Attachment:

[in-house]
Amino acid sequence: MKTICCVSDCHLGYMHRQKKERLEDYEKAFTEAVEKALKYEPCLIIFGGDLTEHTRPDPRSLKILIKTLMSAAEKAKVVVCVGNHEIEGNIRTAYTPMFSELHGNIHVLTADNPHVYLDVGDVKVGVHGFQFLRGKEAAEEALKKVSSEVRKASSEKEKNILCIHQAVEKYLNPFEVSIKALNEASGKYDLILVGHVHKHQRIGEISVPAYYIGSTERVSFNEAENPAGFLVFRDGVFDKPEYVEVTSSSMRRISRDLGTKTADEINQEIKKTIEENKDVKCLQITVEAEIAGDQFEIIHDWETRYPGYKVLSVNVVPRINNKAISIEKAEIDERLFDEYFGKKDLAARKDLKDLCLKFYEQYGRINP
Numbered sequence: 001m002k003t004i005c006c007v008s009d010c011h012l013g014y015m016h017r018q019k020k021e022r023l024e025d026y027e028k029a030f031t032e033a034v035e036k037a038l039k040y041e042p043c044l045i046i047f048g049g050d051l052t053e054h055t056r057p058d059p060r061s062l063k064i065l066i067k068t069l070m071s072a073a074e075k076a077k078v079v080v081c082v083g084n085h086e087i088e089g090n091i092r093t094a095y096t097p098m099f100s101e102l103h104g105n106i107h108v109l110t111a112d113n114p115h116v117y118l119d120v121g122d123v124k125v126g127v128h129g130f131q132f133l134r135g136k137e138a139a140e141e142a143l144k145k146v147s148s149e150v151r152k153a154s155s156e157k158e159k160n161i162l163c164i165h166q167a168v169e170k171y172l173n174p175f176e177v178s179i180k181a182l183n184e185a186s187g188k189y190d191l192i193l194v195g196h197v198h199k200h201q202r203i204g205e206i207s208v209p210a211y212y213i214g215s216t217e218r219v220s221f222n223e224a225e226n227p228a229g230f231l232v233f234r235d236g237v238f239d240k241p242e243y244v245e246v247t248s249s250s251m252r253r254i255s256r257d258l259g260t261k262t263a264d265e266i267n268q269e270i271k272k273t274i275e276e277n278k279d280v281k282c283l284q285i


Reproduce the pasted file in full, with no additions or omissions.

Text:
[in-house]
Amino acid sequence: MKTICCVSDCHLGYMHRQKKERLEDYEKAFTEAVEKALKYEPCLIIFGGDLTEHTRPDPRSLKILIKTLMSAAEKAKVVVCVGNHEIEGNIRTAYTPMFSELHGNIHVLTADNPHVYLDVGDVKVGVHGFQFLRGKEAAEEALKKVSSEVRKASSEKEKNILCIHQAVEKYLNPFEVSIKALNEASGKYDLILVGHVHKHQRIGEISVPAYYIGSTERVSFNEAENPAGFLVFRDGVFDKPEYVEVTSSSMRRISRDLGTKTADEINQEIKKTIEENKDVKCLQITVEAEIAGDQFEIIHDWETRYPGYKVLSVNVVPRINNKAISIEKAEIDERLFDEYFGKKDLAARKDLKDLCLKFYEQYGRINP
Numbered sequence: 001m002k003t004i005c006c007v008s009d010c011h012l013g014y015m016h017r018q019k020k021e022r023l024e025d026y027e028k029a030f031t032e033a034v035e036k037a038l039k040y041e042p043c044l045i046i047f048g049g050d051l052t053e054h055t056r057p058d059p060r061s062l063k064i065l066i067k068t069l070m071s072a073a074e075k076a077k078v079v080v081c082v083g084n085h086e087i088e089g090n091i092r093t094a095y096t097p098m099f100s101e102l103h104g105n106i107h108v109l110t111a112d113n114p115h116v117y118l119d120v121g122d123v124k125v126g127v128h129g130f131q132f133l134r135g136k137e138a139a140e141e142a143l144k145k146v147s148s149e150v151r152k153a154s155s156e157k158e159k160n161i162l163c164i165h166q167a168v169e170k171y172l173n174p175f176e177v178s179i180k181a182l183n184e185a186s187g188k189y190d191l192i193l194v195g196h197v198h199k200h201q202r203i204g205e206i207s208v209p210a211y212y213i214g215s216t217e218r219v220s221f222n223e224a225e226n227p228a229g230f231l232v233f234r235d236g237v238f239d240k241p242e243y244v245e246v247t248s249s250s251m252r253r254i255s256r257d258l259g260t261k262t263a264d265e266i267n268q269e270i271k272k273t274i275e276e277n278k279d280v281k282c283l284q285i